To: "WISPA General List" wireless@wispa.org
Sent: Thursday, April 30, 2009 2:30 PM
Subject: Re: [WISPA] WAN HotSpot and Polarity




  I found that with a NanoStation2 I was able to provide coverage to an
entire strip mall. Google earth it:

 229 Main Street
El Segundo, CA 90245

is where I deployed the AP.

It's a fairly standard strip mall. I covered the entire mall, plus
across the street in all 4 directions.



Tom DeReggi wrote:
  
  
Over the years, there have been many theories and strategies regarding 
what
polarity is best to use for various purposes.
As an engineer, I as well have my theories. But, I wanted to get an 
updated
opinion based on field trials of others, for the following 
application

Application... 2.4Ghz WAN WIFI HotSpot
Specs...
1) Average sub located within 100 yards to 1/2 mile.
2) Find and Subscribe by "Search for available Networks", via laptop's 
WIFI
card.
3) If RF signal good enough to get a web splash screen to user, will 
display
instruction for ordering higher gain antenna self-install kit for inside
their window mount or balcony.
4) Access Point would likely use a sector panel (60 deg?), with an EIRP 
of
36db.

The goal here is enabling residential users to find the ISP's AP on
their own.

So my questions are

1. If a Horizontally polarized antenna is used at the AP, Is it likely 
the
consumer will equally be able to find your AP, compared to if it had been
verical pol'd?

The idea being, horizontal pol's noise floor is much lower in the 
particular
area, and more likely ISP will avoid the noise from consumer APs that 
ship
with vert pol antennas, where end users by default will stick the 
antennas
straight up in Verticle pol position.

2. By the time the ISP's horizontal signal gets to the end user, is it
received in multiple polarities, based on all the reflections in end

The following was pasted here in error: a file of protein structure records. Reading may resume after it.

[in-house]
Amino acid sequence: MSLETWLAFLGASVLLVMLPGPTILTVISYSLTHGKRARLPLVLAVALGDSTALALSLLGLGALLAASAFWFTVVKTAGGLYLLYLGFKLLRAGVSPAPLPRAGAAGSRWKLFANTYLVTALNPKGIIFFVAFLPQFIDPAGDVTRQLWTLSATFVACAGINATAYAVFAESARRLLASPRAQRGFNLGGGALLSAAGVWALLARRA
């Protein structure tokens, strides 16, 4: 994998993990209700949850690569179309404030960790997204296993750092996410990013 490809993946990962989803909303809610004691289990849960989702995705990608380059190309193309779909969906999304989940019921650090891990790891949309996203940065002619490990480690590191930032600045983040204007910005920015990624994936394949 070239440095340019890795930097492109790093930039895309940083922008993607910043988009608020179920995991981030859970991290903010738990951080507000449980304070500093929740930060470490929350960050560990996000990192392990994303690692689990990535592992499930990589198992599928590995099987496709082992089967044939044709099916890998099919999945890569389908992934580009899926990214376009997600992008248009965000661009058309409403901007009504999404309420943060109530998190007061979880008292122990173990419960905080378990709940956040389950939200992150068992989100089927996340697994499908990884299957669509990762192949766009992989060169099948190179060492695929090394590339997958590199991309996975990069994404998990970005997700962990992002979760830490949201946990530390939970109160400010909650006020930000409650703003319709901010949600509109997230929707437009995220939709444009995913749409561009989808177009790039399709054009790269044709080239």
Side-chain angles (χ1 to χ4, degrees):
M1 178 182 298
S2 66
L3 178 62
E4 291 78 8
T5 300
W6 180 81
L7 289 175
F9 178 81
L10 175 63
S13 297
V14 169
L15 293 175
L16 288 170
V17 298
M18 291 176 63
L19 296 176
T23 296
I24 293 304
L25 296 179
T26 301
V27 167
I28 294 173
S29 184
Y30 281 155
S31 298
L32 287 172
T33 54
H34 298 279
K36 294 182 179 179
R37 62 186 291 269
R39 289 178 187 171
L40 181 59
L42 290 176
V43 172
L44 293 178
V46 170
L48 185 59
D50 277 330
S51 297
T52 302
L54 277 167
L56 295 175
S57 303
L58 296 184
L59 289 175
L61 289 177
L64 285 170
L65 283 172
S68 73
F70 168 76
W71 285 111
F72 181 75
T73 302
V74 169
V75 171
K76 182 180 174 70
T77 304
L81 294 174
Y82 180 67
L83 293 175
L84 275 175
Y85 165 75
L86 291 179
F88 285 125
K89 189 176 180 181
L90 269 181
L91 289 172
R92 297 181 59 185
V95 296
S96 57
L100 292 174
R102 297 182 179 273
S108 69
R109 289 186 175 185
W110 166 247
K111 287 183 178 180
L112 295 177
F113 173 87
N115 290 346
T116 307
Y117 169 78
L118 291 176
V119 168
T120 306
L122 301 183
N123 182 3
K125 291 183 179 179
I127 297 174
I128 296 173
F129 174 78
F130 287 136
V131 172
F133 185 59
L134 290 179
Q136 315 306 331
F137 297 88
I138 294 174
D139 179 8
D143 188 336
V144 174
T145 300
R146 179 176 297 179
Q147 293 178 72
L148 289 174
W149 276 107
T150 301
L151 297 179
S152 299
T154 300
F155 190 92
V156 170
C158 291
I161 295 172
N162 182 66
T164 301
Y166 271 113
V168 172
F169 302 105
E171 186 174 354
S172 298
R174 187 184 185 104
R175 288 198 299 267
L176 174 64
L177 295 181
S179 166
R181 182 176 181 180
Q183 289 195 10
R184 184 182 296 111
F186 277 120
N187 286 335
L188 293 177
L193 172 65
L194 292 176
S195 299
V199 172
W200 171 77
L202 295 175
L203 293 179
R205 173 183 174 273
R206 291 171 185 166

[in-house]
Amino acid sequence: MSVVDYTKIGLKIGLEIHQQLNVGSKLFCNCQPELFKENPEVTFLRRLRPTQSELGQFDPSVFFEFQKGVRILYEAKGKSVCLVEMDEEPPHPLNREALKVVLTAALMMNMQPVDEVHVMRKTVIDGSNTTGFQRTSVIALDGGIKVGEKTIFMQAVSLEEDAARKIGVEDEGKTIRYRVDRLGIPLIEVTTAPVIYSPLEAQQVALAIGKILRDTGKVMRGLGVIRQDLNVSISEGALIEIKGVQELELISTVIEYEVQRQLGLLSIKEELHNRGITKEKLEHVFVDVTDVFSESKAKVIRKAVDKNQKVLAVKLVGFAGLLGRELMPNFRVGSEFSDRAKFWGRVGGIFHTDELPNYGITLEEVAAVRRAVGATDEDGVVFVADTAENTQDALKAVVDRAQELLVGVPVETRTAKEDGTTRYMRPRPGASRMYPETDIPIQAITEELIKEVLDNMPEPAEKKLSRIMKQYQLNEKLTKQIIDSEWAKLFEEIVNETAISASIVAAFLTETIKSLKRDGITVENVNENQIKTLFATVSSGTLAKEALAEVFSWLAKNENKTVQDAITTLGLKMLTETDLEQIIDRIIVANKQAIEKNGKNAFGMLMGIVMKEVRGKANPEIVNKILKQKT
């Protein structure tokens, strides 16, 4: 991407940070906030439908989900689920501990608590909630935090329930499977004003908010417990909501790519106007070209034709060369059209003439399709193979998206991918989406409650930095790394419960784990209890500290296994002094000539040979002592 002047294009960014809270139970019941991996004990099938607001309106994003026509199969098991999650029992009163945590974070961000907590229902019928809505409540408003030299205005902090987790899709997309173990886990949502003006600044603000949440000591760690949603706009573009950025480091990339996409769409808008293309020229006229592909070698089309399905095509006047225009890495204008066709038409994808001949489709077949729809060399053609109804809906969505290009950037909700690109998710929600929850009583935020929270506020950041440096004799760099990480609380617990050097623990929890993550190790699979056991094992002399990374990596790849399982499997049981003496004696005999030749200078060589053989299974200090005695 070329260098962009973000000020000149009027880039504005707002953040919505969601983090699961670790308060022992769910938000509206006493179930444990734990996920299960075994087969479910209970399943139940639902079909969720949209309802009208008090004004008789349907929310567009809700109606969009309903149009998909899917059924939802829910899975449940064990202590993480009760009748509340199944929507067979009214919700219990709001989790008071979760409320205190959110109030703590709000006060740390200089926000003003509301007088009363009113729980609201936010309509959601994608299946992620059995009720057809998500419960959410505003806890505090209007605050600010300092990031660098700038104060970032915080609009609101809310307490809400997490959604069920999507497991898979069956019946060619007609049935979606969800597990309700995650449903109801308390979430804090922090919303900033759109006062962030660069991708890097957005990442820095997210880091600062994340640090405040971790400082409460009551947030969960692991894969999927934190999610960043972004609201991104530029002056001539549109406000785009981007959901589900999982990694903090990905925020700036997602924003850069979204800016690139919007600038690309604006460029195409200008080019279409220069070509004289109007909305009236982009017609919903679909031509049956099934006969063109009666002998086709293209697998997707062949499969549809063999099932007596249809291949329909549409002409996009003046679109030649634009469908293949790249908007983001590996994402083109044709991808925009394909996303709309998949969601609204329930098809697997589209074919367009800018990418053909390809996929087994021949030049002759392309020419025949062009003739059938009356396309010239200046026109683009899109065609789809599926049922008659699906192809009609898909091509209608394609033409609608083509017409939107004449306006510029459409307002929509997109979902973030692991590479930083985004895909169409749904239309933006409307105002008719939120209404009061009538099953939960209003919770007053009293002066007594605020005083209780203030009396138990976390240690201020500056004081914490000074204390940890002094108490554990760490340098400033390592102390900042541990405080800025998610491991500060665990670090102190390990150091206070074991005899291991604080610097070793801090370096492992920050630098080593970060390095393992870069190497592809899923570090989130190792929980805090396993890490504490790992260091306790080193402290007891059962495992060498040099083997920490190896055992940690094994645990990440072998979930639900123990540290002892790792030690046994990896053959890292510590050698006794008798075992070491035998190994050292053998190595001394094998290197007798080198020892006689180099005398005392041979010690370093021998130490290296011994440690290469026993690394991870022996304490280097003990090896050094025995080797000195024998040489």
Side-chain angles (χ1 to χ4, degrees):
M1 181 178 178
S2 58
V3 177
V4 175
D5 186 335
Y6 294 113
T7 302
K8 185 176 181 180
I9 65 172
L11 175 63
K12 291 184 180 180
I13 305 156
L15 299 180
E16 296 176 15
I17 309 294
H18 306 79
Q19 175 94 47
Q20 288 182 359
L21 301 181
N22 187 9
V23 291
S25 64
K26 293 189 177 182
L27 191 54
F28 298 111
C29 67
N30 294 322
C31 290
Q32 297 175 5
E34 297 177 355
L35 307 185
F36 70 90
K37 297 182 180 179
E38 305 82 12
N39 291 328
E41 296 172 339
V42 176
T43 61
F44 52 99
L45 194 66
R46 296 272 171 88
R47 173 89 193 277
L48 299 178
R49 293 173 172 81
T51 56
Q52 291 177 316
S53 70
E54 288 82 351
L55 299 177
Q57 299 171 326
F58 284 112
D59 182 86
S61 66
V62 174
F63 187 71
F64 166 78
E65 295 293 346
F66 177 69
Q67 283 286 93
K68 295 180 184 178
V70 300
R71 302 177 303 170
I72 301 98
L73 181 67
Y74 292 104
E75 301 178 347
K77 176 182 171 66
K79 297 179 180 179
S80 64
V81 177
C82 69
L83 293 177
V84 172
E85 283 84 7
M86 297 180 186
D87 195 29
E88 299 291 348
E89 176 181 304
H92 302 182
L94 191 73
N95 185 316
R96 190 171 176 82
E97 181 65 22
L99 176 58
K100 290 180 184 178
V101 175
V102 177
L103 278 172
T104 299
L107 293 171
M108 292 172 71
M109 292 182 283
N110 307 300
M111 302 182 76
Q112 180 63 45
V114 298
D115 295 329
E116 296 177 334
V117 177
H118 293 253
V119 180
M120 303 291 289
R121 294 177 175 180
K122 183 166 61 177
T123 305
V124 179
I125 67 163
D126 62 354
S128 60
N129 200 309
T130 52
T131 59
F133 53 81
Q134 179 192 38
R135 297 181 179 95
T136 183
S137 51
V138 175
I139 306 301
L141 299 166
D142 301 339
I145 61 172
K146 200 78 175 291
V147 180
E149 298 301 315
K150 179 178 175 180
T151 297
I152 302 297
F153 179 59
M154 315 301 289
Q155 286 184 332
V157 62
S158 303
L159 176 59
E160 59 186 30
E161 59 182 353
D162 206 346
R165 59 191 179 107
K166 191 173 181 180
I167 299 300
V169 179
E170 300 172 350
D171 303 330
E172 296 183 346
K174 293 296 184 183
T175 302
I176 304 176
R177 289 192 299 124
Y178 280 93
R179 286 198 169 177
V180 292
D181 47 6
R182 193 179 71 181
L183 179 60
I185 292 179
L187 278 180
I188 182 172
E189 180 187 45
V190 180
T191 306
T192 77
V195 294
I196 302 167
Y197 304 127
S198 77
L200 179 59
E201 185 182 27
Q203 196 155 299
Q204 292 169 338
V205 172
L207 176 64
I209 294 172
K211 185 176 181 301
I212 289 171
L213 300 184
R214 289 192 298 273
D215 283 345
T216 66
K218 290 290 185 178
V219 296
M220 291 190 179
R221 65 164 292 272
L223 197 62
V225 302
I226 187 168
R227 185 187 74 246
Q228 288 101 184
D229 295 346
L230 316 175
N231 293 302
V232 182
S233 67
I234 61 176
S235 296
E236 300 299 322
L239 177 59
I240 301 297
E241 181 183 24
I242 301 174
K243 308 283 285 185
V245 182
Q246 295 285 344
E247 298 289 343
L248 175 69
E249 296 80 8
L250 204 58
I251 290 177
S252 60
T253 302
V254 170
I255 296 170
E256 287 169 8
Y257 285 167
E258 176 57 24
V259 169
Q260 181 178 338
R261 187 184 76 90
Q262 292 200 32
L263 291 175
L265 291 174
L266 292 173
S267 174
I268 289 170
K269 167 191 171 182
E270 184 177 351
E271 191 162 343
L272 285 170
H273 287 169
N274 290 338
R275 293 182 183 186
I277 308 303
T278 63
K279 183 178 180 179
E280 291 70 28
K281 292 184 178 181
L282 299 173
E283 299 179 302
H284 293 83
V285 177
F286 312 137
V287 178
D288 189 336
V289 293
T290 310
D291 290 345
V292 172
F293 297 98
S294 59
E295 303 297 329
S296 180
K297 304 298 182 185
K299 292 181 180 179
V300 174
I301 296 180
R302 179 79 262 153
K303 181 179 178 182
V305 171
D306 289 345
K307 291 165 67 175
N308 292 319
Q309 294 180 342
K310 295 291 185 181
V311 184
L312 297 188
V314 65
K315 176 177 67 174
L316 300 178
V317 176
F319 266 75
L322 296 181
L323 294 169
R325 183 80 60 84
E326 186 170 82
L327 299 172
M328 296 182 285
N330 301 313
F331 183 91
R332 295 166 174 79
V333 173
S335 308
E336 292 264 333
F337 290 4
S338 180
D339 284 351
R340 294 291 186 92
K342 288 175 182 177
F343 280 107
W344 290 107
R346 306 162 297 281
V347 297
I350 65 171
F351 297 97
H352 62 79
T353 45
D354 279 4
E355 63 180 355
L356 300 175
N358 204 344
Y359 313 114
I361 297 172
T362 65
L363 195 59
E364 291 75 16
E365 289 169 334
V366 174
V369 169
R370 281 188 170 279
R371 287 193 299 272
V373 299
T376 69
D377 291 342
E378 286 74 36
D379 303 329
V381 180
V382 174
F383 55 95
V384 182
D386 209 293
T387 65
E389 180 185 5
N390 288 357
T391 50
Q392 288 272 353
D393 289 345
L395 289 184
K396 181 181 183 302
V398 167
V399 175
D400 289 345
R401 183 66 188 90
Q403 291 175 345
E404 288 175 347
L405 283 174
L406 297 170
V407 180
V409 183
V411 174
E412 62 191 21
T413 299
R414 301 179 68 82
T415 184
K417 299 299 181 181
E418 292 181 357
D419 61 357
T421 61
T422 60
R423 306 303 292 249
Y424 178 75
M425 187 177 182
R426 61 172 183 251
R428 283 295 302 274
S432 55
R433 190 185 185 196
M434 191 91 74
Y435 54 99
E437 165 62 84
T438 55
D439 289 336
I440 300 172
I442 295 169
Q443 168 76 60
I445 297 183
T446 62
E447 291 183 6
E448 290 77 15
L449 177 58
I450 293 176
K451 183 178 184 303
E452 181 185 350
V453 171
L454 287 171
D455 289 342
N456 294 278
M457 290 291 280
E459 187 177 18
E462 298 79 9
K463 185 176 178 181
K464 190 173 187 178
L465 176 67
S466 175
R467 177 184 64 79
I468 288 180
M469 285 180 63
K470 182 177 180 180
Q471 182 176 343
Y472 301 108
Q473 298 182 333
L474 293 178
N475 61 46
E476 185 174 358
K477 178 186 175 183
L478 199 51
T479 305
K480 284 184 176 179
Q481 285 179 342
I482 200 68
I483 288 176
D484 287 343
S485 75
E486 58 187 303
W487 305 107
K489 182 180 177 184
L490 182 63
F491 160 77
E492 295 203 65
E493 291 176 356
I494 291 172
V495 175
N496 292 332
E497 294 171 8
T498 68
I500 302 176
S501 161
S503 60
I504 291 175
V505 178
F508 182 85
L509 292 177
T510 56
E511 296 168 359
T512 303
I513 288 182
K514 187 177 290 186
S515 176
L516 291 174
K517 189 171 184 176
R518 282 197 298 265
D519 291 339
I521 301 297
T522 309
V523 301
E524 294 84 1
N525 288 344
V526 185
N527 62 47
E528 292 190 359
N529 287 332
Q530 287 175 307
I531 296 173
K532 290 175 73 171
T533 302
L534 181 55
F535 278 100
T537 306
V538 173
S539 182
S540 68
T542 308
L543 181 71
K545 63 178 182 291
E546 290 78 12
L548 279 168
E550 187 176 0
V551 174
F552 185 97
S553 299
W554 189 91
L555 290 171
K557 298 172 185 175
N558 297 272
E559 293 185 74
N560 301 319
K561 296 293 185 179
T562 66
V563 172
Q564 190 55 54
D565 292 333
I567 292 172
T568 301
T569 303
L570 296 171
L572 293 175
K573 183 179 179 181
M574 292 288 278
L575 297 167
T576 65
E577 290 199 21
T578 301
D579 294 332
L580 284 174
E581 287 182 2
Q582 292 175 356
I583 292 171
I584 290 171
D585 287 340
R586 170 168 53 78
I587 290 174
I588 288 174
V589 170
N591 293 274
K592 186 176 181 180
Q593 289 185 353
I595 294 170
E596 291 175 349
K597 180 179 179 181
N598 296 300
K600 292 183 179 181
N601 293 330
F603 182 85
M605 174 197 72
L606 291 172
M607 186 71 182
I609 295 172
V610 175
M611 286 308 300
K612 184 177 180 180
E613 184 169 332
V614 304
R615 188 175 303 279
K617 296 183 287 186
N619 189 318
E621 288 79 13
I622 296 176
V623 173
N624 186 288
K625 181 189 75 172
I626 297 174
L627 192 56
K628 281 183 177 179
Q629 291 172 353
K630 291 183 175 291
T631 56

users
home and stuff?

3. Are laptop wifi cards typically "no polarity", and pick up Horizontal 
as
good as verticle signals?

4. Laptops would appear to have Horizontal pol antennas in some cases,
expecially if a PCMCIA card. Is this true?  Or are most laptops starting 
to
embed verticle pol antennas on the sides of screens?

5. Are End Users getting savy enough to move their laptop all around, 
when
they first take it out of the box, to try and find Horizontal pol APs of
ISPs Hotspots?

In summary If doing Hotspot WAN deployment, and Verticle noise is
significantly higher, will an ISP be doing a smart thing putting their
sector on Horiz pol to avoid noise, or shooting themself in the foot 
because
they'll be sending a signal cross pol to the average end user's verticle
pol's Wifi card, taking a 20db hit off the bat?

Sure Horizontal will be better, if the the consumer gets a 
professional
install, or learns to put an external horizontal pol antenna on their 
laptop
or PC. But most people may not know to do that, by default, for hotspot 
self
subscription.  (PS. recognize could use dual pol or 45deg off pol, but
purposely avoiding that, to try not to interfere with others, to enable 
more
people to play in the same spectrum)

What have other's found?

Tom DeReggi
RapidDSL  Wireless, Inc
IntAirNet- Fixed Wireless Broadband


- Original Message - 
From: "George Rogato" wi...@oregonfast.net
To: "WISPA General List" wireless@wispa.org
Sent: Wednesday, April 29, 2009 8:27 PM
Subject: Re: [WISPA] RB333/433 eliminating self-interference test




  Tom DeReggi wrote:
  
  
Good point but. the problem went away when the mcpi cards each had
their own SBC/Case, this would infer card to card or pigtail to pigtail
interference, since in all cases the dummy load was outside the cases,
from what it sounds like.

I guess that should be clarified

Kurt, when you tested with teh RB600 and 3 cards on the adjacent slots,
was the RB600 also in a case with the holes metal taped?


Tom DeReggi
RapidDSL  Wireless, Inc
IntAirNet- Fixed Wireless Broadband




  
  Question I have that should debunk that theory that cards in close
proximity interfere with each other. Why do the cards not interfere with
each other when there is additional gain antennas hooked on to them?

You would think there would

Re: [WISPA] WAN HotSpot and Polarity

2009-04-30 Thread Brian Rohrbacher




Dual polarity as in you are horizontal and vertical.

Or as in the nano will do either polarity?

As far as I know the nano does either (software switchable) not both.
But, it would not be the first time I was wrong.

Brian

Charles Wyble wrote:

  The NS2 is dual polarity.

Not sure what polarity the clients are. We get a lot of Iphones/Ipods as 
clients.

So I haven't done any scientific studies, but wanted to give a real